100 Things - The Turkey Trot - The Buffalo News

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100 Things - The Turkey Trot

Thanksgiving weekend is, without question, the most Western New York season of all. Family comes home. Everyone goes out. Wednesday night is the biggest bar night of the year. ¶ And the peak of the action is the Turkey Trot. ¶ After that big Wednesday night out, Buffalonians rise, shine and run from just south of the Delaware Avenue YMCA to Niagara Square to burn off the huge Thanksgiving dinner to come. At 9 a.m., they’re off – not only runners but reindeer, millipedes, Santa Clauses, King Kongs, ancient Romans, Founding Fathers, ears of corn, boxes of crayons, mimes, Grinches, Uncle Sams, skeletons, leprechauns, bananas, Germans in lederhosen and Teenage Mutant Ninja Turtles. They are 14,000 strong – and that’s just the registered runners. Others join in. As has been the case in recent years, the race is sold out. ¶ Down the avenue they fly, in fine feather, which in this case means Pilgrim bonnets, Indian headdresses, chicken wing costumes and Bills and Sabres paraphernalia. The sea of people pours past the big box stores of North Buffalo under the New York Central Railroad bridge and then around the “S” curves, as Turkey Trotters of yore send silent cheers from Forest Lawn.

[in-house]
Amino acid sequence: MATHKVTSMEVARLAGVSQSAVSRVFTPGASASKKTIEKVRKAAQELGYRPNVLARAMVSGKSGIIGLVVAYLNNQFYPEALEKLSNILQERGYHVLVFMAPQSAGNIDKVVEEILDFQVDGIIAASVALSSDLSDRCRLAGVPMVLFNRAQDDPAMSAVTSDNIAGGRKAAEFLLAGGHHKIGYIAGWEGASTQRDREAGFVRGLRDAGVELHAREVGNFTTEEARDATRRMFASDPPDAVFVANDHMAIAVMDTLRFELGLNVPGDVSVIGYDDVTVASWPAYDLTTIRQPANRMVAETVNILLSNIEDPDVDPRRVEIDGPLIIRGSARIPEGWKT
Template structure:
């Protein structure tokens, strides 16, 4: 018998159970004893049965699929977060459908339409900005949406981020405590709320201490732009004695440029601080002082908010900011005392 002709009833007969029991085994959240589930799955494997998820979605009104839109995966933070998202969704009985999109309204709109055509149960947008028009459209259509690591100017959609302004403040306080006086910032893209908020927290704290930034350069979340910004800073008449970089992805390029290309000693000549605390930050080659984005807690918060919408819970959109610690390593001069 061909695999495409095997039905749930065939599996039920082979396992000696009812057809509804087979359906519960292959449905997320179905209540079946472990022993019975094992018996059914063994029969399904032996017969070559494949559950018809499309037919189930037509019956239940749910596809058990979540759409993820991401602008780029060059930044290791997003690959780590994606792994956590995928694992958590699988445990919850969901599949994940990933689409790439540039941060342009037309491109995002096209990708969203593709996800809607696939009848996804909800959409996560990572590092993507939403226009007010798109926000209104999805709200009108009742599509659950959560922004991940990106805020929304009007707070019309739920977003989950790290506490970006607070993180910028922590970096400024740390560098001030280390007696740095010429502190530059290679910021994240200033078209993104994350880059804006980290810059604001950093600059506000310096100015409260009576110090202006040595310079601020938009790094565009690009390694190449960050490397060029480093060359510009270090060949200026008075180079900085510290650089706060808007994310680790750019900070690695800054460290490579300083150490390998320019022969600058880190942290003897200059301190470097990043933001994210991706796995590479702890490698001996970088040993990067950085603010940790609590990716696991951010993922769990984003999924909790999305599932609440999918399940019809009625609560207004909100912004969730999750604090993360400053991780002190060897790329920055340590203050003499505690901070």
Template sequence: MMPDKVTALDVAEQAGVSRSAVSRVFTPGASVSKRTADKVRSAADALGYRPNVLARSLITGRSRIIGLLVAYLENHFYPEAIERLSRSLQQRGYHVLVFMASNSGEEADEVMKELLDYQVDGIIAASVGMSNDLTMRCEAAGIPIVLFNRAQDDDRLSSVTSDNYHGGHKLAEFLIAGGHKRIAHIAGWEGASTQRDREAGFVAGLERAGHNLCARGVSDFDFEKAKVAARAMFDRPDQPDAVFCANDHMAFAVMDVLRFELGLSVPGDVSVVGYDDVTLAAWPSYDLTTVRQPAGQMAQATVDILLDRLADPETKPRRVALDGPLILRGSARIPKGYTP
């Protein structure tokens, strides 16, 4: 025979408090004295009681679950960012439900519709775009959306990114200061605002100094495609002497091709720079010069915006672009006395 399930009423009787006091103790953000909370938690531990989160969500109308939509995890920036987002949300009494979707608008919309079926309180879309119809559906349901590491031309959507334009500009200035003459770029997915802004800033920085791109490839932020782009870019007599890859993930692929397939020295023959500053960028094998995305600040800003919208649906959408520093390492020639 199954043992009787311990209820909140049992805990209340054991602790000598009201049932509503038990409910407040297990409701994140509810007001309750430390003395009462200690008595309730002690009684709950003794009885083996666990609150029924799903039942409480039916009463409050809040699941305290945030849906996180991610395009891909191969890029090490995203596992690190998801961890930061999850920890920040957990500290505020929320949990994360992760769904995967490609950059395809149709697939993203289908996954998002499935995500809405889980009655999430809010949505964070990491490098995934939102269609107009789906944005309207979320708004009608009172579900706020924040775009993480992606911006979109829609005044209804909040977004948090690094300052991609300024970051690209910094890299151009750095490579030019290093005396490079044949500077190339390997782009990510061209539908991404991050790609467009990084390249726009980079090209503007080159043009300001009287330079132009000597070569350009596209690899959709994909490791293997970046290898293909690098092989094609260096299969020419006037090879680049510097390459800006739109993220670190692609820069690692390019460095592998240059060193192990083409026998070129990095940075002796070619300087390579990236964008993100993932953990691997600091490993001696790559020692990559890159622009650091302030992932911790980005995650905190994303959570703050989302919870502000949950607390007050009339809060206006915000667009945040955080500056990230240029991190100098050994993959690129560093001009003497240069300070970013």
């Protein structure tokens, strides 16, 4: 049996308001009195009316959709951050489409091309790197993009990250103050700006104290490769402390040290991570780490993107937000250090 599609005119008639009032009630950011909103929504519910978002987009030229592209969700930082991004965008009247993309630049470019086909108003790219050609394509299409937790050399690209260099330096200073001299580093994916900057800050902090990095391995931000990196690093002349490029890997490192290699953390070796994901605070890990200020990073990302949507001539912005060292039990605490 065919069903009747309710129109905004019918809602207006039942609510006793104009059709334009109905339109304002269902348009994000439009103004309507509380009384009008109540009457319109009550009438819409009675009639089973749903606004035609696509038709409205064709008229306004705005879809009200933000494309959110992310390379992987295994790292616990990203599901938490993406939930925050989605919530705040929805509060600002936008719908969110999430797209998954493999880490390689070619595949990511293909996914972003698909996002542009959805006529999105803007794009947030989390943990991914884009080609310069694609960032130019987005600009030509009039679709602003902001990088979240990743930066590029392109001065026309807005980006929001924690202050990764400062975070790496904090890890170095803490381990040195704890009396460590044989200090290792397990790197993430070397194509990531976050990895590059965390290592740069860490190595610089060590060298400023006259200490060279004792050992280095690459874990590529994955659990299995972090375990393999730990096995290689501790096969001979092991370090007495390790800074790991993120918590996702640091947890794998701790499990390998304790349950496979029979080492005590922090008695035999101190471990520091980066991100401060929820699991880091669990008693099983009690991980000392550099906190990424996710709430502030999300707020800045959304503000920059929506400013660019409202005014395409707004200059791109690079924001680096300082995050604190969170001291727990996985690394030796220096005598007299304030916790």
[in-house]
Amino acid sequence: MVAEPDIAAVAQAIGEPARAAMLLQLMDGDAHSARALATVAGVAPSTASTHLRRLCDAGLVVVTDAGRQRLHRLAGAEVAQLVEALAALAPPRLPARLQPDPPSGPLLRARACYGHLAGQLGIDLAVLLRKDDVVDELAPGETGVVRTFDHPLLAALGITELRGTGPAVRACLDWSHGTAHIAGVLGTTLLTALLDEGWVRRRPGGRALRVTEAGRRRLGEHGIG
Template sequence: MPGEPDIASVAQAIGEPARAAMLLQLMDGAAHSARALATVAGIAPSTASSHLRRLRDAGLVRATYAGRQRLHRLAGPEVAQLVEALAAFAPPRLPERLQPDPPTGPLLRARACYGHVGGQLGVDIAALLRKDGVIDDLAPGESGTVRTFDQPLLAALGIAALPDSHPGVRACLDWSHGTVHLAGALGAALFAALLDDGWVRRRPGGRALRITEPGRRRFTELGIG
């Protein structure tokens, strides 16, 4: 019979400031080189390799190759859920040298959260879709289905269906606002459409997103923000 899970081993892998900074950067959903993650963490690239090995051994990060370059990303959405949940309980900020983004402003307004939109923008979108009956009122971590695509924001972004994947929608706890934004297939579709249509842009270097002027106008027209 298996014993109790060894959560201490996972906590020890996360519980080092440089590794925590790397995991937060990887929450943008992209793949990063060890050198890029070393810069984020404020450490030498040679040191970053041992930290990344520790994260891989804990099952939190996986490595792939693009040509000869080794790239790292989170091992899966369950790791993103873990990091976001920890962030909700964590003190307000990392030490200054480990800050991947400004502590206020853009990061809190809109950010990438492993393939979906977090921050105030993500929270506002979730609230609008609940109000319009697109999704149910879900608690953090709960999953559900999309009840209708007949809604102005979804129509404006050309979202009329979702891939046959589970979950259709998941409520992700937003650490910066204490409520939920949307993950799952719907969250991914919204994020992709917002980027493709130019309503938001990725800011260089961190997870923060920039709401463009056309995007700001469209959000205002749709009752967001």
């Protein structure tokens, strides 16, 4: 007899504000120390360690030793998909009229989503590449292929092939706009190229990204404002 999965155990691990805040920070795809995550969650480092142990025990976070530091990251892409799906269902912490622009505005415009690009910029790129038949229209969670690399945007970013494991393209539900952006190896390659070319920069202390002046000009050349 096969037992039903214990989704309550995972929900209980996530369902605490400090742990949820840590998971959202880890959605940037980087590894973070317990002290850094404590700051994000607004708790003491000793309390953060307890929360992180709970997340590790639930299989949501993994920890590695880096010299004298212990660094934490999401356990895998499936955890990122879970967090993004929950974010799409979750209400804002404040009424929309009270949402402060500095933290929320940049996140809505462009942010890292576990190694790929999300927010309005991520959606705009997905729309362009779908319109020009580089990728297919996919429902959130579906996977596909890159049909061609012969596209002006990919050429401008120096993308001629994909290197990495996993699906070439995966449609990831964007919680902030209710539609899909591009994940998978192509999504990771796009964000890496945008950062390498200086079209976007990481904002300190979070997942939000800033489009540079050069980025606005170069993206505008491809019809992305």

Past the old Locker Room, the mansions of Millionaires’ Row, the Saturn Club, the Twentieth Century Club and the Buffalo Club. Five miles, all the way to Niagara Square, where the winner crosses the finish line.

And the best thing about it: It’s easy to predict who comes in first.

We do.

Too often, Buffalo has to settle for second place. Not with the Turkey Trot. It is the oldest continuous foot race in the nation. It beats the Boston Marathon by a hair: Ours began in November 1896, theirs six months later.

According to YMCA statistics, the Turkey Trot was not run on pavement until the mid-1900s. Women did not run the race until 1972.

Like any long journey, the Trot has had its travails. In 1944, the winner was 15 years old – probably because many of his elders were away at war. In 2014, some runners had barely dug out from the historic snowstorm that had buried half the city. More poignantly that year, the race began with a moment of silence to honor Tom Donnelly. Donnelly, who had just died suddenly, is credited with building the Turkey Trot into the massive spectacle it is today.

In snow or sunshine, the race goes on. True to the Buffalo spirit, it does not take itself too seriously. The real runners are up front, while the rest schlep merrily along behind.

One year, self-styled Good Samaritans handed out beers, pouring them graciously from cans into cups and holding them out so passing runners could grab them. And speaking of beer, you’ll always find a number of runners downing a few pitchers before the starting gun – just to make this athletic event that much more challenging.

The after-party at the end of the race has a peculiar magic. Runners, walkers and everyone else share beer and triumph. It is a quirk of Thanksgiving weekend that for a brief period, the much-maligned Buffalo Convention Center becomes the center of our city. Two days later, this same space will play host to the World’s Largest Disco.

The disco, featured in the Guinness Book of World Records, is another of the 100 things every Western New Yorker should do at least once. But first things first.

On your mark. Get set. Go!

email: mkunz@buffnews.com

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